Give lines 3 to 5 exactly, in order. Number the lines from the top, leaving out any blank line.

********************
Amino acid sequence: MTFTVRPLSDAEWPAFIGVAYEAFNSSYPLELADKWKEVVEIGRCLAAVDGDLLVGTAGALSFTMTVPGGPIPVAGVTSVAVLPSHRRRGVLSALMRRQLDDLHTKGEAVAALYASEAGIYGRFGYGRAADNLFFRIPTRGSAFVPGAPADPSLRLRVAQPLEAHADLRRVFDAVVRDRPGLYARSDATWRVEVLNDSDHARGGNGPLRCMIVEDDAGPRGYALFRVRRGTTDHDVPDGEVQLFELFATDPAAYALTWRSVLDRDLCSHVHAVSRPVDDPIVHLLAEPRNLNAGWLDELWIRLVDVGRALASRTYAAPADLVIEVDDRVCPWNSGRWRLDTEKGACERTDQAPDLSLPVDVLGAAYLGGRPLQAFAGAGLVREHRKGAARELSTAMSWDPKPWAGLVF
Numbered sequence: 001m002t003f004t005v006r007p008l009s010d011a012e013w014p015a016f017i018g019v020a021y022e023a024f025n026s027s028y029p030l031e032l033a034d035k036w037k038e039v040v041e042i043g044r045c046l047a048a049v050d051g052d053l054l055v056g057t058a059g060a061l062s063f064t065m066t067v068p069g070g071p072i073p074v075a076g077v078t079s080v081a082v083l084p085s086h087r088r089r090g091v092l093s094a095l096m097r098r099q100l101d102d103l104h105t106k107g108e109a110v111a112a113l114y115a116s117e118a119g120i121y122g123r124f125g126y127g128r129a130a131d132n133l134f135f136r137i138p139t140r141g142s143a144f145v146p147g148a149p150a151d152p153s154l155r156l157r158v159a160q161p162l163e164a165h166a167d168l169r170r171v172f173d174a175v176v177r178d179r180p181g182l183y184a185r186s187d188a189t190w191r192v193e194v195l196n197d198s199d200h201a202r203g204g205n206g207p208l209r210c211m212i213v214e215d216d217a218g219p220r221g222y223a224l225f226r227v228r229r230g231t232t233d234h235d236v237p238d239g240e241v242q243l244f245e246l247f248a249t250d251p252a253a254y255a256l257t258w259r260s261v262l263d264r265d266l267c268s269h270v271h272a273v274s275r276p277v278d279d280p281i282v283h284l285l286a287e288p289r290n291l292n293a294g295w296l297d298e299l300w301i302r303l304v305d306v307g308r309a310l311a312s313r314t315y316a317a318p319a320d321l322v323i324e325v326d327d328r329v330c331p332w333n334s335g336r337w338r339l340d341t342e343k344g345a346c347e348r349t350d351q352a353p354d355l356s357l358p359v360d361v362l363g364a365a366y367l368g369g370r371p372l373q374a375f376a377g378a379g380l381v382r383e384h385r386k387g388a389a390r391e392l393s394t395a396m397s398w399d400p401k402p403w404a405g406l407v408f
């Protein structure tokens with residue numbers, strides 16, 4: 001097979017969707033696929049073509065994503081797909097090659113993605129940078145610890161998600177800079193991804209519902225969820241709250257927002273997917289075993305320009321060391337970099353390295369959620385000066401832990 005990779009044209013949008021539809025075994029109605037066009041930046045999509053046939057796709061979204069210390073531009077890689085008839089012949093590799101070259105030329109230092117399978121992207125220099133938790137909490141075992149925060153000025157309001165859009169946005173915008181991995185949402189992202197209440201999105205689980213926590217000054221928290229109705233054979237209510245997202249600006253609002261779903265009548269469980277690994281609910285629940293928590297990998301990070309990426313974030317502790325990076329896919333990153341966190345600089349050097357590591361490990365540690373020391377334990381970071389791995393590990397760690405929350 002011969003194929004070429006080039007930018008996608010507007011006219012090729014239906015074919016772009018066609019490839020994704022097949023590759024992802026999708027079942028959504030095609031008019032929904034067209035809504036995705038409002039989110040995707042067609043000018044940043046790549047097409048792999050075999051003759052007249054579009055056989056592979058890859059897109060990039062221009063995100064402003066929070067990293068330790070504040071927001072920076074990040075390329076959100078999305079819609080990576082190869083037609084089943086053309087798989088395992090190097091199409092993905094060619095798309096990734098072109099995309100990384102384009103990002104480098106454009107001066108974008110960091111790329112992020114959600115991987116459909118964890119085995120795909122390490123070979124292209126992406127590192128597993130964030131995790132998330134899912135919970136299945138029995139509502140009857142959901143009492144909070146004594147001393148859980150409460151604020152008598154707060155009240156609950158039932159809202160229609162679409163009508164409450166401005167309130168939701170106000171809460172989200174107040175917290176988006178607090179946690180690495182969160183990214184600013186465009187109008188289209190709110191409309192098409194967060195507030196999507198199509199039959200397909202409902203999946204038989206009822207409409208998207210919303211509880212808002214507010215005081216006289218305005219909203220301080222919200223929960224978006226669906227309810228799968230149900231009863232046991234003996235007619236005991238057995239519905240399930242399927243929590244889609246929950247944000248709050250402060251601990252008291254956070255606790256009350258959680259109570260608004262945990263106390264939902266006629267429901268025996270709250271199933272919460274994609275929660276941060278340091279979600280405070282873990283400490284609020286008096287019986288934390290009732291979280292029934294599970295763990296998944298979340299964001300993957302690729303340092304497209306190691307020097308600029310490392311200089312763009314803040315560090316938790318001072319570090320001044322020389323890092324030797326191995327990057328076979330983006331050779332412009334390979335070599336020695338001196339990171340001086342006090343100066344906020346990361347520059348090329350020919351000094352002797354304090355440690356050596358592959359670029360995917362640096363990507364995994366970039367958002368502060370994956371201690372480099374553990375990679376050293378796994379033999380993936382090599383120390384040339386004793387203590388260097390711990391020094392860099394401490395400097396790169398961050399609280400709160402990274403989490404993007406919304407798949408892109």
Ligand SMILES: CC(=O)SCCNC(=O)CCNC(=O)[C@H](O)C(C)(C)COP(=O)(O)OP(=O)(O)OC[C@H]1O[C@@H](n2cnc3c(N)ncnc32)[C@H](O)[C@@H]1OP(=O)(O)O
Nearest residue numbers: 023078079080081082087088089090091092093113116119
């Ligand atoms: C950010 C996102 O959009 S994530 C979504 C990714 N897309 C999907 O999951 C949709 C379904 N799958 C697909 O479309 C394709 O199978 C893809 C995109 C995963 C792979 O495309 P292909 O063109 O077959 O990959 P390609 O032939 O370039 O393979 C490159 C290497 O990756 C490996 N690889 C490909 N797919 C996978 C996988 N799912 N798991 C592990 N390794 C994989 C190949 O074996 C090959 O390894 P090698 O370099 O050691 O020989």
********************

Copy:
């Protein structure tokens with residue numbers, strides 16, 4: 001097979017969707033696929049073509065994503081797909097090659113993605129940078145610890161998600177800079193991804209519902225969820241709250257927002273997917289075993305320009321060391337970099353390295369959620385000066401832990 005990779009044209013949008021539809025075994029109605037066009041930046045999509053046939057796709061979204069210390073531009077890689085008839089012949093590799101070259105030329109230092117399978121992207125220099133938790137909490141075992149925060153000025157309001165859009169946005173915008181991995185949402189992202197209440201999105205689980213926590217000054221928290229109705233054979237209510245997202249600006253609002261779903265009548269469980277690994281609910285629940293928590297990998301990070309990426313974030317502790325990076329896919333990153341966190345600089349050097357590591361490990365540690373020391377334990381970071389791995393590990397760690405929350 002011969003194929004070429006080039007930018008996608010507007011006219012090729014239906015074919016772009018066609019490839020994704022097949023590759024992802026999708027079942028959504030095609031008019032929904034067209035809504036995705038409002039989110040995707042067609043000018044940043046790549047097409048792999050075999051003759052007249054579009055056989056592979058890859059897109060990039062221009063995100064402003066929070067990293068330790070504040071927001072920076074990040075390329076959100078999305079819609080990576082190869083037609084089943086053309087798989088395992090190097091199409092993905094060619095798309096990734098072109099995309100990384102384009103990002104480098106454009107001066108974008110960091111790329112992020114959600115991987116459909118964890119085995120795909122390490123070979124292209126992406127590192128597993130964030131995790132998330134899912135919970136299945138029995139509502140009857142959901143009492144909070146004594147001393148859980150409460151604020152008598154707060155009240156609950158039932159809202160229609162679409163009508164409450166401005167309130168939701170106000171809460172989200174107040175917290176988006178607090179946690180690495182969160183990214184600013186465009187109008188289209190709110191409309192098409194967060195507030196999507198199509199039959200397909202409902203999946204038989206009822207409409208998207210919303211509880212808002214507010215005081216006289218305005219909203220301080222919200223929960224978006226669906227309810228799968230149900231009863232046991234003996235007619236005991238057995239519905240399930242399927243929590244889609246929950247944000248709050250402060251601990252008291254956070255606790256009350258959680259109570260608004262945990263106390264939902266006629267429901268025996270709250271199933272919460274994609275929660276941060278340091279979600280405070282873990283400490284609020286008096287019986288934390290009732291979280292029934294599970295763990296998944298979340299964001300993957302690729303340092304497209306190691307020097308600029310490392311200089312763009314803040315560090316938790318001072319570090320001044322020389323890092324030797326191995327990057328076979330983006331050779332412009334390979335070599336020695338001196339990171340001086342006090343100066344906020346990361347520059348090329350020919351000094352002797354304090355440690356050596358592959359670029360995917362640096363990507364995994366970039367958002368502060370994956371201690372480099374553990375990679376050293378796994379033999380993936382090599383120390384040339386004793387203590388260097390711990391020094392860099394401490395400097396790169398961050399609280400709160402990274403989490404993007406919304407798949408892109």
Ligand SMILES: CC(=O)SCCNC(=O)CCNC(=O)[C@H](O)C(C)(C)COP(=O)(O)OP(=O)(O)OC[C@H]1O[C@@H](n2cnc3c(N)ncnc32)[C@H](O)[C@@H]1OP(=O)(O)O
Nearest residue numbers: 023078079080081082087088089090091092093113116119